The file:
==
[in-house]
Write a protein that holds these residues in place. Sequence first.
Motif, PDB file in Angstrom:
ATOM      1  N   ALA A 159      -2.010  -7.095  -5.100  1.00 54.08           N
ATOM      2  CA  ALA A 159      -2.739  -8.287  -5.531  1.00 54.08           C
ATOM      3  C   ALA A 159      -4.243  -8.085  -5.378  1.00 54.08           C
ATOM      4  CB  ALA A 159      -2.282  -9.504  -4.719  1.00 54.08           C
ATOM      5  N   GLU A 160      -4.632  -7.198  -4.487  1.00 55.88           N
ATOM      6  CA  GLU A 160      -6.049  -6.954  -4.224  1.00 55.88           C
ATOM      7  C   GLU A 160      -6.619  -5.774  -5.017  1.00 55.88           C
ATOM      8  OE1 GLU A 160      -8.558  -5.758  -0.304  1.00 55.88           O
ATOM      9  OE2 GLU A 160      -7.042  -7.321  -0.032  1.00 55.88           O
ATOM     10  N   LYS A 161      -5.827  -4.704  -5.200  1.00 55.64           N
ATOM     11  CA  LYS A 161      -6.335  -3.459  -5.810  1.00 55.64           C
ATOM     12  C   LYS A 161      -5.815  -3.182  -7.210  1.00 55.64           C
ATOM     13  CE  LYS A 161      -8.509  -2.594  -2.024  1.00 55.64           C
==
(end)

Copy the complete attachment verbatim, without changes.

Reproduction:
[in-house]
Write a protein that holds these residues in place. Sequence first.
Motif, PDB file in Angstrom:
ATOM      1  N   ALA A 159      -2.010  -7.095  -5.100  1.00 54.08           N
ATOM      2  CA  ALA A 159      -2.739  -8.287  -5.531  1.00 54.08           C
ATOM      3  C   ALA A 159      -4.243  -8.085  -5.378  1.00 54.08           C
ATOM      4  CB  ALA A 159      -2.282  -9.504  -4.719  1.00 54.08           C
ATOM      5  N   GLU A 160      -4.632  -7.198  -4.487  1.00 55.88           N
ATOM      6  CA  GLU A 160      -6.049  -6.954  -4.224  1.00 55.88           C
ATOM      7  C   GLU A 160      -6.619  -5.774  -5.017  1.00 55.88           C
ATOM      8  OE1 GLU A 160      -8.558  -5.758  -0.304  1.00 55.88           O
ATOM      9  OE2 GLU A 160      -7.042  -7.321  -0.032  1.00 55.88           O
ATOM     10  N   LYS A 161      -5.827  -4.704  -5.200  1.00 55.64           N
ATOM     11  CA  LYS A 161      -6.335  -3.459  -5.810  1.00 55.64           C
ATOM     12  C   LYS A 161      -5.815  -3.182  -7.210  1.00 55.64           C
ATOM     13  CE  LYS A 161      -8.509  -2.594  -2.024  1.00 55.64           C